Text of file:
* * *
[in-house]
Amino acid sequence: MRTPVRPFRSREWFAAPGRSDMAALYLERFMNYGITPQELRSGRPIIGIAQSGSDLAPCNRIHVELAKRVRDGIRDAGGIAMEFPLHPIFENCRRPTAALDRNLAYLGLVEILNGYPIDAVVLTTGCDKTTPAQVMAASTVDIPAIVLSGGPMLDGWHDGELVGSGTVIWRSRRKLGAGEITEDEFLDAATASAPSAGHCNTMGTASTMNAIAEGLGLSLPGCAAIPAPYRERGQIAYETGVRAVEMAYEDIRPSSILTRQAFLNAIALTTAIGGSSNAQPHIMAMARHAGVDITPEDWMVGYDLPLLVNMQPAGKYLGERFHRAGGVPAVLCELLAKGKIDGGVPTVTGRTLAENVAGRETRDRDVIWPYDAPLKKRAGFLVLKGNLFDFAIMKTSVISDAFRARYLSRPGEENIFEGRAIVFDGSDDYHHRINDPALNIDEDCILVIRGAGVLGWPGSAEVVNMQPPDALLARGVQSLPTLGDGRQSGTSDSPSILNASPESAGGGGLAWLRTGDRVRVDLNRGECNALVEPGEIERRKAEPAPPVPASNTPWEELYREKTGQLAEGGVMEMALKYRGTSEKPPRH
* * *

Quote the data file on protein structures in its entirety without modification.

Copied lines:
[in-house]
Amino acid sequence: MRTPVRPFRSREWFAAPGRSDMAALYLERFMNYGITPQELRSGRPIIGIAQSGSDLAPCNRIHVELAKRVRDGIRDAGGIAMEFPLHPIFENCRRPTAALDRNLAYLGLVEILNGYPIDAVVLTTGCDKTTPAQVMAASTVDIPAIVLSGGPMLDGWHDGELVGSGTVIWRSRRKLGAGEITEDEFLDAATASAPSAGHCNTMGTASTMNAIAEGLGLSLPGCAAIPAPYRERGQIAYETGVRAVEMAYEDIRPSSILTRQAFLNAIALTTAIGGSSNAQPHIMAMARHAGVDITPEDWMVGYDLPLLVNMQPAGKYLGERFHRAGGVPAVLCELLAKGKIDGGVPTVTGRTLAENVAGRETRDRDVIWPYDAPLKKRAGFLVLKGNLFDFAIMKTSVISDAFRARYLSRPGEENIFEGRAIVFDGSDDYHHRINDPALNIDEDCILVIRGAGVLGWPGSAEVVNMQPPDALLARGVQSLPTLGDGRQSGTSDSPSILNASPESAGGGGLAWLRTGDRVRVDLNRGECNALVEPGEIERRKAEPAPPVPASNTPWEELYREKTGQLAEGGVMEMALKYRGTSEKPPRH